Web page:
12 February 2015. Courtyard Theatre, Canberra Theatre Centre as part of Canberra Multicultural Fringe
James Batchelor began working on Metasystems in 2014 for the inaugural Keir Choreographic Award, an award dedicated to commissioning new work and promoting innovation in contemporary dance. Batchelor was a semi-finalist in the award. A longer version of Metasystems was recently performed in Canberra as part of the Canberra Multicultural Fringe, and in conjunction with ‘Pulse: reflections of the body’, an exhibition at the Canberra Museum and Gallery. I have briefly commented on Batchelor’s involvement with Pulse elsewhere. Below is an expanded version of my review of Metasystems, originally published in The Canberra Times on 14 February 2015.
James Batchelor’s Metasystems appears to be an austere work about construction and deconstruction. Four performers spread two piles of concrete bricks across the floor of the performing space. Two different kinds of bricks, both concrete, are used during the performance—regular-sized house bricks, and Besser blocks. They are arranged in meticulously laid out but changing patterns. Part of the handout as we enter the theatre is a card bearing a plan by architect Anna Tweeddale of potential arrangements. Visual artist Madeline Beckett also worked on the design of the system of stacking and unstacking the bricks.
Drawings by Anna Tweeddale for Metasystems, 2015.
We usually hear a deliberate thump as each brick is placed in position, although at times the performers move the bricks as silently as they can. We watch as the bricks are rearranged over the course of the performance. It all seems to be working according to a mathematical formula, although one or two minor mishaps spoilt the purity of the arrangement on opening night.
Two of the performers, James Batchelor and Amber McCartney, have a dual function. They not only assist the other two performers, Madeline Beckett and Emma Batchelor, in laying out the bricks, but there are times when they dance between and around the rows and piles of bricks. Their movements take on an expressive function, often mirroring in dance the construction and the shape and placing of the bricks. Particularly absorbing is a sequence in which the bricks are arranged into long channels—lines of single bricks placed upright on the floor. James Batchelor and McCartney squeeze themselves into the channels and worm their way down the narrow spaces from top to bottom while occasionally balancing parts of the body precariously on the top of the bricks.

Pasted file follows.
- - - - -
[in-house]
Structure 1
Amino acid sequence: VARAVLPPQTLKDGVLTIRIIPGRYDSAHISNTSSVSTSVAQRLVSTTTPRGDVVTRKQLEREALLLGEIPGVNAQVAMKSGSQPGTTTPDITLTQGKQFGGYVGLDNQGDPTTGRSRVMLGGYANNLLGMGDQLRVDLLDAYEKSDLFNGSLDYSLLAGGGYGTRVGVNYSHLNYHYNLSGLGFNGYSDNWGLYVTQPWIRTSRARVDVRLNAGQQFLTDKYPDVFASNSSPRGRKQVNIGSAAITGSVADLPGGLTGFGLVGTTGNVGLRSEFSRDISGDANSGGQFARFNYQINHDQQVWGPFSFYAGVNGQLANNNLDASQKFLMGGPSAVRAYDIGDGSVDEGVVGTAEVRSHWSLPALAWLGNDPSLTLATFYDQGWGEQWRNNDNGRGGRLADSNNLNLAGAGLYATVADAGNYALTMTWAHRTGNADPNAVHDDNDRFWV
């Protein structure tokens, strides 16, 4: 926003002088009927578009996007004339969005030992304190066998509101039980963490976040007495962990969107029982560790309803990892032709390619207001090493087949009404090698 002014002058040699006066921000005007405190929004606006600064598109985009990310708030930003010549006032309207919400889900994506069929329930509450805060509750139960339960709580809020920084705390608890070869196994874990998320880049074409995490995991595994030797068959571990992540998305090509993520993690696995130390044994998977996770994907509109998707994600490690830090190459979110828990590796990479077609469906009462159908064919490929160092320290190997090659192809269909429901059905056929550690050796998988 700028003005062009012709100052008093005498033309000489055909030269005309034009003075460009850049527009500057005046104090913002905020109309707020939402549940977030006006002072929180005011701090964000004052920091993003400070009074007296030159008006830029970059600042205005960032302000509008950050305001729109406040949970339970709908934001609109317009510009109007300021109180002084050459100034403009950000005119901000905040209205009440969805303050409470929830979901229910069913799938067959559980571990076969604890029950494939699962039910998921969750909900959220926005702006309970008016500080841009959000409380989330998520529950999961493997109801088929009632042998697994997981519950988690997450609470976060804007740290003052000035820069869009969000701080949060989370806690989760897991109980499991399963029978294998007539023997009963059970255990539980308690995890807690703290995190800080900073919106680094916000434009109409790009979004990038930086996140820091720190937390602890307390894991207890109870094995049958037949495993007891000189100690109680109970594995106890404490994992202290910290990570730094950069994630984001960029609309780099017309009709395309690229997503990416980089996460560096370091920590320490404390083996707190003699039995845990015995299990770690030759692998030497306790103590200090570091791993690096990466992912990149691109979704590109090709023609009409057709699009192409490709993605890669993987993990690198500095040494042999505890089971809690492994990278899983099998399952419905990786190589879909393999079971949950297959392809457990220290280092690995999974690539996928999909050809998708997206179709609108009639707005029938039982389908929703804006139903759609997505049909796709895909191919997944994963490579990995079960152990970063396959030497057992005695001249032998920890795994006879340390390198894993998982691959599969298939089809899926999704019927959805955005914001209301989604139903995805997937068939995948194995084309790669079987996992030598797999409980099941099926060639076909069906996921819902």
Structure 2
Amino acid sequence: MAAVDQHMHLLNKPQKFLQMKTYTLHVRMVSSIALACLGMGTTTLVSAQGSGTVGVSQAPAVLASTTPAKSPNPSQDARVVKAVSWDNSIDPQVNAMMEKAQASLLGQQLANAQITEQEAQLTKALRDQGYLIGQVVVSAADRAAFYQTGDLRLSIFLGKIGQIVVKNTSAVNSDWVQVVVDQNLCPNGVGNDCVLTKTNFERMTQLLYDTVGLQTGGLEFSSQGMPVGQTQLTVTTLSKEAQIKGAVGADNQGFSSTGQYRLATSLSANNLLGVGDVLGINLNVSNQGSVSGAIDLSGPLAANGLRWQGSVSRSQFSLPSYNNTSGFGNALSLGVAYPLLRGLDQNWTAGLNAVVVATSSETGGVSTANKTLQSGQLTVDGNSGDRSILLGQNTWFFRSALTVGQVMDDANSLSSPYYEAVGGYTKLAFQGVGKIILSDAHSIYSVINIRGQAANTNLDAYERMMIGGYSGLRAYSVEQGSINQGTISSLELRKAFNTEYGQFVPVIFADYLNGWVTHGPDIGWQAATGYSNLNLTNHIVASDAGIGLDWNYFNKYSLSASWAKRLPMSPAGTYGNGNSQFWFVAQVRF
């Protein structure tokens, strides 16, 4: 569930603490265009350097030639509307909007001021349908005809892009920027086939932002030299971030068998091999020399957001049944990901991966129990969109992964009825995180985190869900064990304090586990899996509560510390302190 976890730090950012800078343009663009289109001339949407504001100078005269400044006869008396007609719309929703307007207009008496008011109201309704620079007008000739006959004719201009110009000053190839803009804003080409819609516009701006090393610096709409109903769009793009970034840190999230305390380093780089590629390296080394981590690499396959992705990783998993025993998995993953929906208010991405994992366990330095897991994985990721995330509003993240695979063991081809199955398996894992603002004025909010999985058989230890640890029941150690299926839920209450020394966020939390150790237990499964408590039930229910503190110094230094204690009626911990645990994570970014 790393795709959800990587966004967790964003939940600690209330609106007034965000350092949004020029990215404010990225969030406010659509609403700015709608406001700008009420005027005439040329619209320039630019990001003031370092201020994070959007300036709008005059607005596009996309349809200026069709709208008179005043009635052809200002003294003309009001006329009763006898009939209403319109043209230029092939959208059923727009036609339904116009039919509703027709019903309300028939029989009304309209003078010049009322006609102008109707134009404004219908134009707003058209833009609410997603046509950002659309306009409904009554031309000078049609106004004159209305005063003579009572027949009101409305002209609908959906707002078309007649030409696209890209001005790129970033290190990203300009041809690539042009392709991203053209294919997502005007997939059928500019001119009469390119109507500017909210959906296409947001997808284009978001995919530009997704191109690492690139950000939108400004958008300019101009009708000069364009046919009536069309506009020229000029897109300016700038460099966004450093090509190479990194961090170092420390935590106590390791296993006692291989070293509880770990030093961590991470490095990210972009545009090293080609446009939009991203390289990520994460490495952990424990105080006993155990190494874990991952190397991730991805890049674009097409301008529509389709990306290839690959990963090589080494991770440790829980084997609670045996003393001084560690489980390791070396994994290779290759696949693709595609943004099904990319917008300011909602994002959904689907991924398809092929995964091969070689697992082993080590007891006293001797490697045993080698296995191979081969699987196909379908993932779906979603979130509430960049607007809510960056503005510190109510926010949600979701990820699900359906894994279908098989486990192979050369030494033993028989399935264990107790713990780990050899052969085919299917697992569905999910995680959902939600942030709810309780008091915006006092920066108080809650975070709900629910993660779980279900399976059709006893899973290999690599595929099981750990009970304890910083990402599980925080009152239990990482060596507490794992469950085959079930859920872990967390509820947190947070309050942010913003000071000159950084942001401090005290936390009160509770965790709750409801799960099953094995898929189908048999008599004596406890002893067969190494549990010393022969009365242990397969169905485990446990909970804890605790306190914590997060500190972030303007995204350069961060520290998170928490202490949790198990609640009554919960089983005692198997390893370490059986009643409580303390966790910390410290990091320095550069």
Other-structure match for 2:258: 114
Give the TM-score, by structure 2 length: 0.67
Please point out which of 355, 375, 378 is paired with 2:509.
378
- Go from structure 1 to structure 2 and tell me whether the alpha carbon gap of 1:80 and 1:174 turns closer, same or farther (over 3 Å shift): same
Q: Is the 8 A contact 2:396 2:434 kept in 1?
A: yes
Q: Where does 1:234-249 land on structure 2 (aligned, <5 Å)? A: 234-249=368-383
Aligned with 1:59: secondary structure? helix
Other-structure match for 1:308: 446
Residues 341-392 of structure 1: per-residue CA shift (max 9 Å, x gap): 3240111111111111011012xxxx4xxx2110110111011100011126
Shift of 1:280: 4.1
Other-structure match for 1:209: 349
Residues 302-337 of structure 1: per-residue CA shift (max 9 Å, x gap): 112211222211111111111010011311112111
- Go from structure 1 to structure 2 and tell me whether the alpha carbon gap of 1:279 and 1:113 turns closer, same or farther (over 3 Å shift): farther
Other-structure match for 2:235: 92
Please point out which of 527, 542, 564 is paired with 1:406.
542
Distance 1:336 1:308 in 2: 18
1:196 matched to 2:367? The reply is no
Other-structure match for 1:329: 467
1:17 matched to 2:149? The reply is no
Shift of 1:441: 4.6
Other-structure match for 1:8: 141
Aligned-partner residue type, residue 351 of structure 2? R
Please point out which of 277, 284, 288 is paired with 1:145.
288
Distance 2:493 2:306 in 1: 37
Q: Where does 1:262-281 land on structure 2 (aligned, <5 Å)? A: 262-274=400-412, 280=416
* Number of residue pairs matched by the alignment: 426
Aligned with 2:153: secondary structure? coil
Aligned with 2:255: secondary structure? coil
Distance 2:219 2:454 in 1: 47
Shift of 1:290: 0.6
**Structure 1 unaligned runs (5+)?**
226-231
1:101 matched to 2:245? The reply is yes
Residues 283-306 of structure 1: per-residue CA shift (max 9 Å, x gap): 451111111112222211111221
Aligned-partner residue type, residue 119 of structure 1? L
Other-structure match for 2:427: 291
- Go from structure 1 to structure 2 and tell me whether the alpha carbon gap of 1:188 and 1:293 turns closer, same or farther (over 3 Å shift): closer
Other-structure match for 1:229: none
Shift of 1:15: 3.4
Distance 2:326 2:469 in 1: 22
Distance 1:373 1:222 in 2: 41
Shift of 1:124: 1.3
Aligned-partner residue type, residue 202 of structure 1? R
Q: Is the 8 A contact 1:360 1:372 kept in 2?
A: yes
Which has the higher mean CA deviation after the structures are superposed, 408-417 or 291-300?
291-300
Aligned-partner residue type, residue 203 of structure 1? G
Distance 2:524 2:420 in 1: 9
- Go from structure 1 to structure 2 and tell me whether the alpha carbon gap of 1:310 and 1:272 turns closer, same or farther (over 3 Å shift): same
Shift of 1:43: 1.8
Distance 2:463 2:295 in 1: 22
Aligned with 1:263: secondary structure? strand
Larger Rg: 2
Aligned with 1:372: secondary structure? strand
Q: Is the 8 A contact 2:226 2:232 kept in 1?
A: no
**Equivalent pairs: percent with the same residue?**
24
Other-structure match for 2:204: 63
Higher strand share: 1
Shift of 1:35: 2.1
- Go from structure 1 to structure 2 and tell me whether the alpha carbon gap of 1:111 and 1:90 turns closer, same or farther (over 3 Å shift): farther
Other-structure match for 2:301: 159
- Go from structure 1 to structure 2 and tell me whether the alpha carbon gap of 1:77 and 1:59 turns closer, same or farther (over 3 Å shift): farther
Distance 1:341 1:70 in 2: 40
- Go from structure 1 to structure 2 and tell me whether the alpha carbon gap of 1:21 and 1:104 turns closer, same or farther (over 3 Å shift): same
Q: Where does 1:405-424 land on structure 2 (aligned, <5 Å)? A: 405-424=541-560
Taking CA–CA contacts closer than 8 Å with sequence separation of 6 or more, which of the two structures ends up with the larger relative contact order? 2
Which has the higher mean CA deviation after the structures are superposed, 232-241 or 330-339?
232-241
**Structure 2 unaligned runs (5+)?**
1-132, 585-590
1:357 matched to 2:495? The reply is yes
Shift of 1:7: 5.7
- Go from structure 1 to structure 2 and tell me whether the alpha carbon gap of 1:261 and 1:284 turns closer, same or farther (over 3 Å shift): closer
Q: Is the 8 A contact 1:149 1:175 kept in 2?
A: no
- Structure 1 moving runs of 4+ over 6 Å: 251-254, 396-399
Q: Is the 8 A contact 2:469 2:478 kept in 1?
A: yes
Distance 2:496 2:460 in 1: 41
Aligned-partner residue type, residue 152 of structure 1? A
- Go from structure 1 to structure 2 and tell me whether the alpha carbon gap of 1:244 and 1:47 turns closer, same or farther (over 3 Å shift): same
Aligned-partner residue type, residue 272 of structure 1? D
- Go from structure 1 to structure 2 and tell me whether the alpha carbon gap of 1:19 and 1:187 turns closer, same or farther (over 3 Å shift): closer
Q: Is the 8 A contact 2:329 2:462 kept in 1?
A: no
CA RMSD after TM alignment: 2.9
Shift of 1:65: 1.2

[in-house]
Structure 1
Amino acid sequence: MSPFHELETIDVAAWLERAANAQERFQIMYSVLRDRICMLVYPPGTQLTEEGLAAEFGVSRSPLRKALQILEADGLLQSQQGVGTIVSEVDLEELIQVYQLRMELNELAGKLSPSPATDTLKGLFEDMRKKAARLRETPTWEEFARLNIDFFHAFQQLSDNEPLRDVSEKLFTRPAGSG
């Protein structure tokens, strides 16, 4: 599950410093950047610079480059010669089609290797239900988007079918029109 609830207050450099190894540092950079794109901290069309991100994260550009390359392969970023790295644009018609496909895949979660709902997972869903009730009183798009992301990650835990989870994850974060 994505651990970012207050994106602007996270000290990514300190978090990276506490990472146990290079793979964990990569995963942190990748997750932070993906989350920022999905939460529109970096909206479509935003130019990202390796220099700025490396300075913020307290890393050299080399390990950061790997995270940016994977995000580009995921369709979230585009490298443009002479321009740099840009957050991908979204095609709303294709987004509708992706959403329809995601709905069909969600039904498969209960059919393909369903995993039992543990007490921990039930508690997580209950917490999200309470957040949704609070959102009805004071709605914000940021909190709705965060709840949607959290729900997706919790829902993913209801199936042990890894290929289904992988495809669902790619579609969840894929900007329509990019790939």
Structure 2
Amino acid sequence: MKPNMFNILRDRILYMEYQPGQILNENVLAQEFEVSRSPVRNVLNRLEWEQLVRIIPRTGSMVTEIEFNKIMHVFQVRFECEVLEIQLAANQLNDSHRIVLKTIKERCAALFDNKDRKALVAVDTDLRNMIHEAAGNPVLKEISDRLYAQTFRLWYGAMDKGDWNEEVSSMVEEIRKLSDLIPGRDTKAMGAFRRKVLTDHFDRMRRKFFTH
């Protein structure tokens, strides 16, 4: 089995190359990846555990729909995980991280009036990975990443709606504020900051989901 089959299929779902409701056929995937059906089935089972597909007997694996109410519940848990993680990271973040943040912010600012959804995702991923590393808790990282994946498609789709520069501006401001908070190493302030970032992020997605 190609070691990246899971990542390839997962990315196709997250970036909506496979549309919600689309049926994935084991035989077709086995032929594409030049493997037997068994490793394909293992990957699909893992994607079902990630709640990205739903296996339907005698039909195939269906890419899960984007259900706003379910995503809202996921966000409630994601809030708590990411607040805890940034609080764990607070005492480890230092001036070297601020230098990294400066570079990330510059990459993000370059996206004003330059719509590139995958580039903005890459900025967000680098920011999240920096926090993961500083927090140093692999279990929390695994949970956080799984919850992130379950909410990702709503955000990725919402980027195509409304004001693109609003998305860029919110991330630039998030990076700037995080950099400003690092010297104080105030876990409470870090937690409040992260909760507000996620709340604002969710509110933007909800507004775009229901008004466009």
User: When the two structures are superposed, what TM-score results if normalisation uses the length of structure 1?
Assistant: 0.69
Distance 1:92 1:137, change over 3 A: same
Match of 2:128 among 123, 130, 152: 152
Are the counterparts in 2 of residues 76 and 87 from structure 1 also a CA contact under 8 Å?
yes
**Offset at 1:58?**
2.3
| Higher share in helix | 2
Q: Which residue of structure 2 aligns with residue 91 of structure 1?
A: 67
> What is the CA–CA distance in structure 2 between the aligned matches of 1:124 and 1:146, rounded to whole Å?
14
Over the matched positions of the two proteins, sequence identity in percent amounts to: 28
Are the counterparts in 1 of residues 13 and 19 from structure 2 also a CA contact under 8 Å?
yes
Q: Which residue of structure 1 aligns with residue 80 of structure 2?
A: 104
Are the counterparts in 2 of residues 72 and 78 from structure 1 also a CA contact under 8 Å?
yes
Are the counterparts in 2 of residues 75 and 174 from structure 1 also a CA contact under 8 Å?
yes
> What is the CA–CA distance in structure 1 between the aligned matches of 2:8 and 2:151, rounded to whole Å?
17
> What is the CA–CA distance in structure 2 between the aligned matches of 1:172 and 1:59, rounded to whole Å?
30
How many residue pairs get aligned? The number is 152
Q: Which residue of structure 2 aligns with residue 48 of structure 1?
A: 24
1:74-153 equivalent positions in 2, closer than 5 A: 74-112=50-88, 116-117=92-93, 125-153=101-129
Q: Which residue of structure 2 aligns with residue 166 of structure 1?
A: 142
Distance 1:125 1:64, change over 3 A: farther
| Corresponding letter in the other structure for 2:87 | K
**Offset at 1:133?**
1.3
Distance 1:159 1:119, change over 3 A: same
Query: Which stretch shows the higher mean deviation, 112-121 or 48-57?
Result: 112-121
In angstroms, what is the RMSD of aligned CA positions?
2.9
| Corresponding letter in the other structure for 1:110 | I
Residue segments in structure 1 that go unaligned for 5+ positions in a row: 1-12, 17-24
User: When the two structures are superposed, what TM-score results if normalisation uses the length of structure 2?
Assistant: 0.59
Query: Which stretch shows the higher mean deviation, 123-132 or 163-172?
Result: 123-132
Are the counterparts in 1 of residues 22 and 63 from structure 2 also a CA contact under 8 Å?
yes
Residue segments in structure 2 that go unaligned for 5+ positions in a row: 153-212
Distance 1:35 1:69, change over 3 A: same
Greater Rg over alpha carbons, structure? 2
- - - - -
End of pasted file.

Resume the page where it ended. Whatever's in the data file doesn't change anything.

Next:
Two aspects of Metasystems stand out. Firstly, inherent in this work is a powerful understanding of body time. With no music and not always even the steady thump of bricks on the floor to guide them, Batchelor and McCartney frequently dance in unison without obviously watching each other. They sense the timing of the other and rarely falter.
Secondly, the work ends in an unexpected way. Having watched some 45 minutes of walking and brick-carrying, it is something of a shock when, as the work is concluding, the dancers separate out an individual space for themselves within the final arrangement, a tightly knit square of bricks. They then snuggle down into the construction. Suddenly something personal is injected into the show, even a hint of emotion. It is the human element inhabiting the built environment and disturbing its mathematical precision.
It occurred to me only later that the earlier confrontation with the bricks, as McCartney and James Batchelor wriggled their way down those narrow spaces between the bricks, touching them occasionally and taking care not to disturb them, that this too was part of a human engagement with the built environment.
That Batchelor can surprise like this is what makes his work so worth following.
Michelle Potter, 18 February 2015
Featured image: Final scene from James Batchelor’s Metasystems. Photo: © Anna Tweeddale, 2015